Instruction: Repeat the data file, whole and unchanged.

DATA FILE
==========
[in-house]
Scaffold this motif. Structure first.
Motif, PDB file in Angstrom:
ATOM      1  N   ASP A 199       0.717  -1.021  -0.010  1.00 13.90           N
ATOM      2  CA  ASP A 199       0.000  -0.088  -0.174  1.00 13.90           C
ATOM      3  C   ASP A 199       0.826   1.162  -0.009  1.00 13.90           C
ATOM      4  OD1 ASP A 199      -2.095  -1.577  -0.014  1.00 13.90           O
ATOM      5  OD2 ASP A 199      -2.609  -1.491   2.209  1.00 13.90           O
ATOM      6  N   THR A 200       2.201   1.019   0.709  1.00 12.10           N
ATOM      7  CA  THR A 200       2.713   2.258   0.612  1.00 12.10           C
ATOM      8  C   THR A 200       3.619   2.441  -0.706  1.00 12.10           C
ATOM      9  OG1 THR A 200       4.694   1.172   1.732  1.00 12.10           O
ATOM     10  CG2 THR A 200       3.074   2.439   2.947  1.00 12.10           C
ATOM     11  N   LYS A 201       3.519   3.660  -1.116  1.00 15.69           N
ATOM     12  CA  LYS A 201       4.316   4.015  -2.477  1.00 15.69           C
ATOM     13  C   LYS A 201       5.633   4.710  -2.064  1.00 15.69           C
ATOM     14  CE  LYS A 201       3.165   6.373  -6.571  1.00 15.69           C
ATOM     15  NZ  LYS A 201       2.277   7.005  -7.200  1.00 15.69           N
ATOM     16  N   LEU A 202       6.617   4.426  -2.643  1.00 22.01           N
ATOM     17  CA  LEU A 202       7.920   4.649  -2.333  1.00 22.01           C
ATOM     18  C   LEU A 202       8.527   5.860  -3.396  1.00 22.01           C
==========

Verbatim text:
[in-house]
Scaffold this motif. Structure first.
Motif, PDB file in Angstrom:
ATOM      1  N   ASP A 199       0.717  -1.021  -0.010  1.00 13.90           N
ATOM      2  CA  ASP A 199       0.000  -0.088  -0.174  1.00 13.90           C
ATOM      3  C   ASP A 199       0.826   1.162  -0.009  1.00 13.90           C
ATOM      4  OD1 ASP A 199      -2.095  -1.577  -0.014  1.00 13.90           O
ATOM      5  OD2 ASP A 199      -2.609  -1.491   2.209  1.00 13.90           O
ATOM      6  N   THR A 200       2.201   1.019   0.709  1.00 12.10           N
ATOM      7  CA  THR A 200       2.713   2.258   0.612  1.00 12.10           C
ATOM      8  C   THR A 200       3.619   2.441  -0.706  1.00 12.10           C
ATOM      9  OG1 THR A 200       4.694   1.172   1.732  1.00 12.10           O
ATOM     10  CG2 THR A 200       3.074   2.439   2.947  1.00 12.10           C
ATOM     11  N   LYS A 201       3.519   3.660  -1.116  1.00 15.69           N
ATOM     12  CA  LYS A 201       4.316   4.015  -2.477  1.00 15.69           C
ATOM     13  C   LYS A 201       5.633   4.710  -2.064  1.00 15.69           C
ATOM     14  CE  LYS A 201       3.165   6.373  -6.571  1.00 15.69           C
ATOM     15  NZ  LYS A 201       2.277   7.005  -7.200  1.00 15.69           N
ATOM     16  N   LEU A 202       6.617   4.426  -2.643  1.00 22.01           N
ATOM     17  CA  LEU A 202       7.920   4.649  -2.333  1.00 22.01           C
ATOM     18  C   LEU A 202       8.527   5.860  -3.396  1.00 22.01           C